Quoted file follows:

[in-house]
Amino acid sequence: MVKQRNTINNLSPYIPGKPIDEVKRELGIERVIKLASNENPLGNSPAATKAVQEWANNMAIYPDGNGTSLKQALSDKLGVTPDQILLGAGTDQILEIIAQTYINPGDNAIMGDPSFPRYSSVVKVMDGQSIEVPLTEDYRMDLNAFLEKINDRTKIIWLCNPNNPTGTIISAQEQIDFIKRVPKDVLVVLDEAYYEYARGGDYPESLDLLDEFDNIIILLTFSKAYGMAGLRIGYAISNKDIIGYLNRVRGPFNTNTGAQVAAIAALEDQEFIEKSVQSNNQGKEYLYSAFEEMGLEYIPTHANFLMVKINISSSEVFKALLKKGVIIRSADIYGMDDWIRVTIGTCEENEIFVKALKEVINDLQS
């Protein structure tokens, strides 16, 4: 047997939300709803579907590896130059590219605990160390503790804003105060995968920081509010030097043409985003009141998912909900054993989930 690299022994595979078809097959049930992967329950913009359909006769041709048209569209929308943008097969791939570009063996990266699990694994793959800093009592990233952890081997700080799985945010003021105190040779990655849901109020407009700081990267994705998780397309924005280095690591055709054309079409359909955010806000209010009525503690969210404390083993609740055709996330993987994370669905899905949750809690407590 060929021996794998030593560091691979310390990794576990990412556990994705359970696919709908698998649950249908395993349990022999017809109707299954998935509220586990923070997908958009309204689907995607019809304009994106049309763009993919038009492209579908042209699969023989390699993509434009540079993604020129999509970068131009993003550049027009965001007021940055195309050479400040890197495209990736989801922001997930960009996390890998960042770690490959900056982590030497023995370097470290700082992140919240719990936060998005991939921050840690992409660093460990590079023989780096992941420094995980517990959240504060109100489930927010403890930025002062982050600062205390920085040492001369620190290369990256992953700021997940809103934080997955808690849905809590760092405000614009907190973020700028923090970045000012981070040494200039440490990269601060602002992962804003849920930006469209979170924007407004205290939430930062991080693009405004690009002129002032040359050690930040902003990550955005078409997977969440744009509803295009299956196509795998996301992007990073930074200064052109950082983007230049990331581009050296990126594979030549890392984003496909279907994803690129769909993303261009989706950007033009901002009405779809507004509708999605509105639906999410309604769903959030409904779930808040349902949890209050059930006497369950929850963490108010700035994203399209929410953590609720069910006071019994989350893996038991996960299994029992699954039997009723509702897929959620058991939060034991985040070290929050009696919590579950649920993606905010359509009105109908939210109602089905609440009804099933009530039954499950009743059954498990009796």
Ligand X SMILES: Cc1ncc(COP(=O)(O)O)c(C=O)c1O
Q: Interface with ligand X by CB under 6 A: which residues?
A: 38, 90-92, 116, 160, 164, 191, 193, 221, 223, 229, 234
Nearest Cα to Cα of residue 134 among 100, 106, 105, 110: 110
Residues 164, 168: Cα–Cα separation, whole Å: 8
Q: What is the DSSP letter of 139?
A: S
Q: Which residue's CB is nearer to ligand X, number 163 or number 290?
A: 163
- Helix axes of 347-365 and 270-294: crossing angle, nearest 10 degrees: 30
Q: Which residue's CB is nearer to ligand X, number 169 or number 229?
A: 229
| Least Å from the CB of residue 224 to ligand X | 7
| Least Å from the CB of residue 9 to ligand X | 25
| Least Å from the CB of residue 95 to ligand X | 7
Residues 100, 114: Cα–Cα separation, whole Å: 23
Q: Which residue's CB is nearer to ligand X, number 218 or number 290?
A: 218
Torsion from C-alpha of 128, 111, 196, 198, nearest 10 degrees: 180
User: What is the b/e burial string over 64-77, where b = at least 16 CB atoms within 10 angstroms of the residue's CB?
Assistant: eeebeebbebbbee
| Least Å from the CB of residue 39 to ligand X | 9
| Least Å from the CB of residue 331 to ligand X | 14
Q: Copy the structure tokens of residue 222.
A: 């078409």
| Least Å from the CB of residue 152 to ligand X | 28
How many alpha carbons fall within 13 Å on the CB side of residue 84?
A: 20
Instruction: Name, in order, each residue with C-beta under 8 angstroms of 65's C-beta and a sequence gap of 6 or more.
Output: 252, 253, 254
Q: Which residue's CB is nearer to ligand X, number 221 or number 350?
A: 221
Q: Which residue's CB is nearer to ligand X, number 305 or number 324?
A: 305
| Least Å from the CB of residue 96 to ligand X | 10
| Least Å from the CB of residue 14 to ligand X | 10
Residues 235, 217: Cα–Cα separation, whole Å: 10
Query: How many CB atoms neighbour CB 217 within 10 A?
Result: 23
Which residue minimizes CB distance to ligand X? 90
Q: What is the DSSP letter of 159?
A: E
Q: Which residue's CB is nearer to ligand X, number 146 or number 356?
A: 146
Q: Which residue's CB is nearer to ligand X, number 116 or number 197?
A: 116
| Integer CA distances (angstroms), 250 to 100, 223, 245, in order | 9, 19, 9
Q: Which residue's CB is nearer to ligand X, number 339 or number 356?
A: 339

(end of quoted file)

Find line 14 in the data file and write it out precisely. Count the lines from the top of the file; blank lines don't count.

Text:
Q: Which residue's CB is nearer to ligand X, number 169 or number 229?